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World Haemophilia Day

CORRESPONDENT
World Hemophilia Day is an international observance held annually on April 17 by the WFH. It is an awareness day for haemophilia and other bleeding disorders, It was started in 1989 April 17 was chosen in honour of birthday of Frank Schnabel, businessman from Montreal, Canada suffering from severe Haemophilia A.

What is Haemophilia? Haemophilia is a congenital bleeding disorder mainly affecting men only. Very rarely women are affected. It is of mainly two types: Haemophilia A and Haemophilia B

What causes Haemophilia ? Haemophilia is a congenital bleeding disorder of deficiency or absence of  proteins ,clotting factors FVIII and FIX in type A and B respectively. This disease is a genetic defect transmitted from mother to male baby. Females are the carriers but do not suffer.

What are the symptoms of Haemophilia?  Excessive Bleeding in newborn is from umbilical cord, after circumcision. In childhood and adults its mainly in the joints- ankle, knee, hip elbow etc. It can be an internal bleeding in brain, intestines, kidney, Most of the time bleeding is with minor trauma or spontaneous! Excessive bleeding after minor surgery like tooth extraction is common.

How is it diagnosed? If history of bleeding in individual and in his family, the patient should approach to the doctor who will advice  blood tests like finding levels of Factor VIII and Factor IX in the blood. These tests are done only in specialised laboratory.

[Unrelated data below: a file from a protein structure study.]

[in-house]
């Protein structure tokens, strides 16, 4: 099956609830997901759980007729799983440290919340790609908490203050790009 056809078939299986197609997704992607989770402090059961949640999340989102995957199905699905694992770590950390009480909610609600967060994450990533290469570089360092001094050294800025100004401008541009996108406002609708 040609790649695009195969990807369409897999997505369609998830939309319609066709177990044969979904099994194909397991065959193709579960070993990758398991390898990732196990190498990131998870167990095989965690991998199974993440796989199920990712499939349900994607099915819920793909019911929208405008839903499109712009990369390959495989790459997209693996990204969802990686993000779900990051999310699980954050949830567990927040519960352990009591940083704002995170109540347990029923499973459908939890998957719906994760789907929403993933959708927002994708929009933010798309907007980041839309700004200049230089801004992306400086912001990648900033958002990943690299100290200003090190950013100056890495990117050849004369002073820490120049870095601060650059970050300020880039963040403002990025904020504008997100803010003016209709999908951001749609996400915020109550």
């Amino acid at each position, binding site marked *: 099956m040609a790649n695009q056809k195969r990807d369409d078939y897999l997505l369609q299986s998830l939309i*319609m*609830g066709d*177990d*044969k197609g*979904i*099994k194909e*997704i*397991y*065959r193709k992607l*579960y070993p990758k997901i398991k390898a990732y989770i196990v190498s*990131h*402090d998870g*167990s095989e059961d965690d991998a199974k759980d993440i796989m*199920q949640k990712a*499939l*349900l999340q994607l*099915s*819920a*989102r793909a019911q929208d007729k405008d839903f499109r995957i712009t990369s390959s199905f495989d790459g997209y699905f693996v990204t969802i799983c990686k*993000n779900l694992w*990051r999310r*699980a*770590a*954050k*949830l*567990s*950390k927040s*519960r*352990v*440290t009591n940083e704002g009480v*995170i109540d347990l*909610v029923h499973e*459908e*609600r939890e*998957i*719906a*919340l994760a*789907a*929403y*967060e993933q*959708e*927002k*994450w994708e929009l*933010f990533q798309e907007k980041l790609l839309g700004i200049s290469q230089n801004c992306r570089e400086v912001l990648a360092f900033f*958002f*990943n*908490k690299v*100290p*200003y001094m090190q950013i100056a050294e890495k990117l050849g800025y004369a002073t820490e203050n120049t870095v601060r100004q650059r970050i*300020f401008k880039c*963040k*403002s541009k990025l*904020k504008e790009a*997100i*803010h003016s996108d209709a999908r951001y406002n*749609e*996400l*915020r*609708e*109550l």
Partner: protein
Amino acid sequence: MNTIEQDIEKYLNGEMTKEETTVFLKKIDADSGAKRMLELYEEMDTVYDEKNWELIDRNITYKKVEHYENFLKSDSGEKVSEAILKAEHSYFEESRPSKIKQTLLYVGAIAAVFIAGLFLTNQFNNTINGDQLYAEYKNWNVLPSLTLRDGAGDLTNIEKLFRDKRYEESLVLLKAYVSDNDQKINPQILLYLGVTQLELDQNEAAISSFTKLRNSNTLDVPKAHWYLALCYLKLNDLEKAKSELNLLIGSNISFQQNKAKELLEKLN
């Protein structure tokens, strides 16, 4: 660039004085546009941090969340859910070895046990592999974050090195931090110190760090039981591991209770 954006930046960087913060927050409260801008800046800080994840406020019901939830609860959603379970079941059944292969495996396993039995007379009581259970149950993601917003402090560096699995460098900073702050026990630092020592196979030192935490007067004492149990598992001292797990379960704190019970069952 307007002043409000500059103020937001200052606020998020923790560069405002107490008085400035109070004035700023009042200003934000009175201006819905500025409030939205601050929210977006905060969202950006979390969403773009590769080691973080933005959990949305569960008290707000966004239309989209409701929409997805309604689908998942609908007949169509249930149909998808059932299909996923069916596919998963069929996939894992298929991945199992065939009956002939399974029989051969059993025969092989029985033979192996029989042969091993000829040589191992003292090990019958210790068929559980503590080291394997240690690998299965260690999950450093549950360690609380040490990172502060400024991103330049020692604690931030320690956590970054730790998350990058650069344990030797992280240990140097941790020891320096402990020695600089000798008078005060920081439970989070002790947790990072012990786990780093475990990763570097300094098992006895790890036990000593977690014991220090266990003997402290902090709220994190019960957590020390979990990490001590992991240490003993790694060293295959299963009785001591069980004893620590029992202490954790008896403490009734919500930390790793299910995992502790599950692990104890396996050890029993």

What are the complications? Acute Internal excessive bleeding if not treated adequately in time

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can cause death. Chronic recurrent bleeding in target joint causes joint damage –Haemophilic Arthropathy, making  life crippling ! Antibodies formed to clotting factors FVIII and FIX complicates stopping of bleeding.

What is the treatment? Treatment is replacing the deficient factor adequately and timely. In case of Haemophilia A Factor VIII and in case of Haemophilia B , Factor IX is given by injection in to the vein. There is no cure for this disease. The treatment involves multi-specialty doctors.

How the disease can be avoided? This disease is transmitted through the gens. It is possible to detect Haemophilia in the foetus during pregnancy.If the foetus is affected choice is given to couple if they wish to continue pregnancy.

Are there any other bleeding disorders? Yes, there are other disease like von Willibrand  disease or due to deficiency of other clotting factors or deficient platelets.( cells responsible for blood clotting)

How can I get more information about this disease? You can approach your doctor  or blood disease specialist – Haematologist or  local Haemophilia Society. International organisations like World Federation of Haemophilia are always giving  helping hand.

*Dr. Datta Dharmadhikari is a Consultant Haematologist at Bokamoso Private Hospital.



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